Rare Daily Staff
Cure Rare Disease, a nonprofit biotechnology research organization, said it has formed a research partnership with Seattle-based Curi Bio to further develop its CRISPR-based gene therapy for Duchenne muscular dystrophy.
Rich Horgan, whose brother Terry has Duchenne muscular dystrophy, founded the organization to develop precision therapies for rare diseases. The organization’s lead experimental therapy is a CRISPR therapy to treat DMD patients with an exon 1 deletion.
Duchenne muscular dystrophy (DMD) is a rare, fatal neuromuscular genetic disease that occurs in approximately one in every 3,500-5,000 males worldwide. DMD is caused by a change or mutation in the gene that encodes instructions for dystrophin. Symptoms of DMD usually appear in infants and toddlers. Affected children may experience developmental delays such as difficulty in walking, climbing stairs or standing from a sitting position. As the disease progresses, muscle weakness in the lower limbs spreads to the arms, neck and other areas. Most patients require full-time use of a wheelchair in their early teens, and then progressively lose the ability to independently perform activities of daily living such as using the restroom, bathing and feeding. Eventually, increasing difficulty in breathing due to respiratory muscle dysfunction requires ventilation support, and cardiac dysfunction can lead to heart failure. The condition is universally fatal, and patients usually succumb to the disease in their twenties.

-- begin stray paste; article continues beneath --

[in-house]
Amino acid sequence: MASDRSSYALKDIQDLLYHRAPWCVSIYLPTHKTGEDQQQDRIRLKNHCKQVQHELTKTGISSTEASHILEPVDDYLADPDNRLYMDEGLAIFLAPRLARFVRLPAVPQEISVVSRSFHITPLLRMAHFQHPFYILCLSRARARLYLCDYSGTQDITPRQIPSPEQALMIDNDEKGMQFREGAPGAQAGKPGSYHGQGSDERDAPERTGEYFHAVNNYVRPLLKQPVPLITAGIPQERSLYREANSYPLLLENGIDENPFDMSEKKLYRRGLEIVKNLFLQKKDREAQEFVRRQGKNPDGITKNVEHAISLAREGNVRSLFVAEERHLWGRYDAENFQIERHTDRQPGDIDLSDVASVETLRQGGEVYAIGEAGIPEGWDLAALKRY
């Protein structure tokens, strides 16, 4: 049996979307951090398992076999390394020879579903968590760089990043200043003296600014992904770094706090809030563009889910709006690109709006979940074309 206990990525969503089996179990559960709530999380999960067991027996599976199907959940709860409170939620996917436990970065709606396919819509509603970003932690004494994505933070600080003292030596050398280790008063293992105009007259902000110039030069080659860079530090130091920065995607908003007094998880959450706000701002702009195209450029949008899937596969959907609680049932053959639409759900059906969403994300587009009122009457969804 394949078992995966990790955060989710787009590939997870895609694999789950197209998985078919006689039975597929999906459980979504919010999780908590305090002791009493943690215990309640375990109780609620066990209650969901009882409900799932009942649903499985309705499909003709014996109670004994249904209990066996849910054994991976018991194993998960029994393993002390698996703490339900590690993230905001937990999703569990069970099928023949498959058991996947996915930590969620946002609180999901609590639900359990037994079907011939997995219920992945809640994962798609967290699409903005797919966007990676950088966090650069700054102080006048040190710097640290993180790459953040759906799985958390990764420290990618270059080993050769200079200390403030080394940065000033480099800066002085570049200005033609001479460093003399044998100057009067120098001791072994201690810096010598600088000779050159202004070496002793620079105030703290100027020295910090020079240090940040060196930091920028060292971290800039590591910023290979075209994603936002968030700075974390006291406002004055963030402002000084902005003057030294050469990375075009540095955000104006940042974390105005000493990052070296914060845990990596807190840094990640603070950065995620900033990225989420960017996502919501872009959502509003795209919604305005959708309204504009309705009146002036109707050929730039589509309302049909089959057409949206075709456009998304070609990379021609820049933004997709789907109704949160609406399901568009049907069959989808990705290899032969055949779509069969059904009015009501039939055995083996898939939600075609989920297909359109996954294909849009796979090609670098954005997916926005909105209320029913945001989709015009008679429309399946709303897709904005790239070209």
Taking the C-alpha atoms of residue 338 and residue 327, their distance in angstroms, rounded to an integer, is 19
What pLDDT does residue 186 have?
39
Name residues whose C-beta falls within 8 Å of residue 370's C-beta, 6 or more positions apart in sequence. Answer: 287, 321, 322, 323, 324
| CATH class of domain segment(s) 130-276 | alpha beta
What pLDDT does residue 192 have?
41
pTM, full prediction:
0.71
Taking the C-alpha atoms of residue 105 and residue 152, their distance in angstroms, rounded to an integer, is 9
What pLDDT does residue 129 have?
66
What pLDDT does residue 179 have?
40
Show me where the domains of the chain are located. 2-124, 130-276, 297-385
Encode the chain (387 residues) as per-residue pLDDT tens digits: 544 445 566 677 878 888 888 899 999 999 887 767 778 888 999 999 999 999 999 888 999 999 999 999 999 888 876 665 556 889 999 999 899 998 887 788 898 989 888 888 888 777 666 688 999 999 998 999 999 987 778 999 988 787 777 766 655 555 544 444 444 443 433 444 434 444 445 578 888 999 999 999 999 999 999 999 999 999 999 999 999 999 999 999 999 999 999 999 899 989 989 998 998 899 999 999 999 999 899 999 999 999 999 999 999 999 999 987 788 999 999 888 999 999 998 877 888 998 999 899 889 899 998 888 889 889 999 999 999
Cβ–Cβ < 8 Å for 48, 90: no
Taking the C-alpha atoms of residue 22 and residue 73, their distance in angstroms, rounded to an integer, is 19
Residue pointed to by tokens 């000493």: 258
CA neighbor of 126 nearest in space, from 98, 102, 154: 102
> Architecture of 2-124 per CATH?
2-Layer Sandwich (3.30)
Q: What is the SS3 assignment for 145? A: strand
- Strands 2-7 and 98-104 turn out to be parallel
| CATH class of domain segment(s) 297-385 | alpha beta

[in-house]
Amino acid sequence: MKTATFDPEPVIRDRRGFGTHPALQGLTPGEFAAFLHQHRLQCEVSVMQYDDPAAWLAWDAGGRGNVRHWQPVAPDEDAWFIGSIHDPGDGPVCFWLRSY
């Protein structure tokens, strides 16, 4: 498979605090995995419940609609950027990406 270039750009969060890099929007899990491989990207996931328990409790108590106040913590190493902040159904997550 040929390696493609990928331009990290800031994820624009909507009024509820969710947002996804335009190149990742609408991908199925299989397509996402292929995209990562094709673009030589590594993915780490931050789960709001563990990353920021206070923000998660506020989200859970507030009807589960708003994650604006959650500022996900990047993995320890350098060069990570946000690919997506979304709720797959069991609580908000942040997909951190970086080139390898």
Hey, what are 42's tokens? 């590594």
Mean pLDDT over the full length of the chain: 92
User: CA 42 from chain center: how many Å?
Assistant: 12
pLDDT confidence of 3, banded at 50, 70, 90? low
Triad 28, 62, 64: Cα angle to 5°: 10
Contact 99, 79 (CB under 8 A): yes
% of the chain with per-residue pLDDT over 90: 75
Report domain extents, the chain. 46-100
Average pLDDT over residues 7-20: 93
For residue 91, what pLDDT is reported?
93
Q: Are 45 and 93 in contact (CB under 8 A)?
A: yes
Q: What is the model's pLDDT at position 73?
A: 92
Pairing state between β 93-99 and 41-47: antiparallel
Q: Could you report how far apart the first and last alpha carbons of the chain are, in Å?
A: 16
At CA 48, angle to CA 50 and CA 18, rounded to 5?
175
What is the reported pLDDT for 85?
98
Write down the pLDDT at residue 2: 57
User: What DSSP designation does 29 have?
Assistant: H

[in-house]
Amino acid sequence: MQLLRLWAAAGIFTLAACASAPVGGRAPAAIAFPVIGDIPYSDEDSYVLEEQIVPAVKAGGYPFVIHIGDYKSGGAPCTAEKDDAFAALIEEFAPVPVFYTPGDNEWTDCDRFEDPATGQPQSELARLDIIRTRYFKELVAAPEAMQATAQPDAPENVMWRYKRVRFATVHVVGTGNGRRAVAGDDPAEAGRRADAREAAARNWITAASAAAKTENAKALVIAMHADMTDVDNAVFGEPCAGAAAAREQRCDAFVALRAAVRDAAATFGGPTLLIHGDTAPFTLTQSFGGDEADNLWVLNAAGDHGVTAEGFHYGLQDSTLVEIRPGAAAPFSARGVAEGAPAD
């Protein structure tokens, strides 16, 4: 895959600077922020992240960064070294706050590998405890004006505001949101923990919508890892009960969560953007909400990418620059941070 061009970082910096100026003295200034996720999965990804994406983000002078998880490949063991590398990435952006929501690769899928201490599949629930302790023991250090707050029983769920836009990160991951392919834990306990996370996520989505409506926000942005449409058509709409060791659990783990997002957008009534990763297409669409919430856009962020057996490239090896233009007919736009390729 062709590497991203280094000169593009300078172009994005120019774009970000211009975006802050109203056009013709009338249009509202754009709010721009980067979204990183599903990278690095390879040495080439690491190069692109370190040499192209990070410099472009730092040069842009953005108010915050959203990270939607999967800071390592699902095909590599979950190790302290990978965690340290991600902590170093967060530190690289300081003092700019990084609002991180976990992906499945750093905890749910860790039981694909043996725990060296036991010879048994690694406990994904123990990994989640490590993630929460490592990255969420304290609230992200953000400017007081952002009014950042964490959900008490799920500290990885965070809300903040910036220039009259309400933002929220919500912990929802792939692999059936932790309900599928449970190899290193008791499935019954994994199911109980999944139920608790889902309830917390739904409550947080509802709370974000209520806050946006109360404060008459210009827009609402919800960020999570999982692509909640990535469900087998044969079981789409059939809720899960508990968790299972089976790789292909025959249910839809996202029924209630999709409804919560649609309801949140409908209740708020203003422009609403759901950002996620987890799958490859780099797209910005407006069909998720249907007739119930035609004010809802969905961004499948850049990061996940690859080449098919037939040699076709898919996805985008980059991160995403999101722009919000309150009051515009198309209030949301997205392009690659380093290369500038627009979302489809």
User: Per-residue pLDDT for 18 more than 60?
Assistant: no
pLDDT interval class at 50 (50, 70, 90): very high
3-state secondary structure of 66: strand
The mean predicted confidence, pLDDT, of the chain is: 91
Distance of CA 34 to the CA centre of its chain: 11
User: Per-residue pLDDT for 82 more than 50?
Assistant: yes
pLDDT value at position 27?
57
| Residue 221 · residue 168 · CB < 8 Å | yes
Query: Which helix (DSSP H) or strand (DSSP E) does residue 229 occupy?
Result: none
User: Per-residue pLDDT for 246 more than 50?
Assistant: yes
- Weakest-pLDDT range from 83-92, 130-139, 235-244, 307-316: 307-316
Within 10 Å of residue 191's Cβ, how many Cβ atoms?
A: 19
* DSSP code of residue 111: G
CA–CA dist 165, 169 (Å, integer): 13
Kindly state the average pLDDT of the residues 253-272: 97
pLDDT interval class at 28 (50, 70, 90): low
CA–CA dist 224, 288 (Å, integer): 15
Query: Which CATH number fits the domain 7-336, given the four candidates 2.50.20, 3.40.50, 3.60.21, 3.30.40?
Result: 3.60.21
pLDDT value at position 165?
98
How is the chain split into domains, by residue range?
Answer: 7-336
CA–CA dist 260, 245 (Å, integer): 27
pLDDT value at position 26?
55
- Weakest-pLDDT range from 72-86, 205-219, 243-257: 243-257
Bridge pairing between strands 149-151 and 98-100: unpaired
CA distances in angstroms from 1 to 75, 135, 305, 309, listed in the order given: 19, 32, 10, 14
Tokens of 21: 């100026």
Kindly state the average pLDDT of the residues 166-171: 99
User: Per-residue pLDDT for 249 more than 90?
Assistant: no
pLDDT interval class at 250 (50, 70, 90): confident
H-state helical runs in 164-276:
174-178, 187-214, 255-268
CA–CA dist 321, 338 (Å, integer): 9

The 32-week project evaluates gene therapy candidates on human-relevant cardiac and skeletal muscle models. These cardiac and skeletal muscle models are derived from human induced pluripotent stem cells (hiPSC) that allow for patient-specific modeling of diseases, including Duchenne muscular dystrophy.
The collaboration will utilize Curi Bio’s Mantarray platform, an innovative biosystem that leverages hiPSC-derived 3D engineered tissues. The Mantarray platform improves the physiological relevance of cell cultures in the preclinical stage of therapeutic discovery. These hiPSC-derived tissue models will then be used with Cure Rare Disease’s CRISPR-based gene therapy candidates to measure their safety and efficacy on restoring cell and tissue function in patients.
“There are many obstacles for individuals and families seeking a cure for rare diseases like Duchenne muscular dystrophy and the existing testing modalities for potential therapies are a significant limitation,” said Horgan. “Through our partnership with Curi Bio, we will be able to study how our gene therapy will work on a given patient’s cells in a manner that was impossible just a few years ago. This collaboration is a game changer and gets us one step closer to having an effective therapy that will successfully treat Duchenne muscular dystrophy.”
Photo: Rich Horgan, founder and president of Cure Rare Disease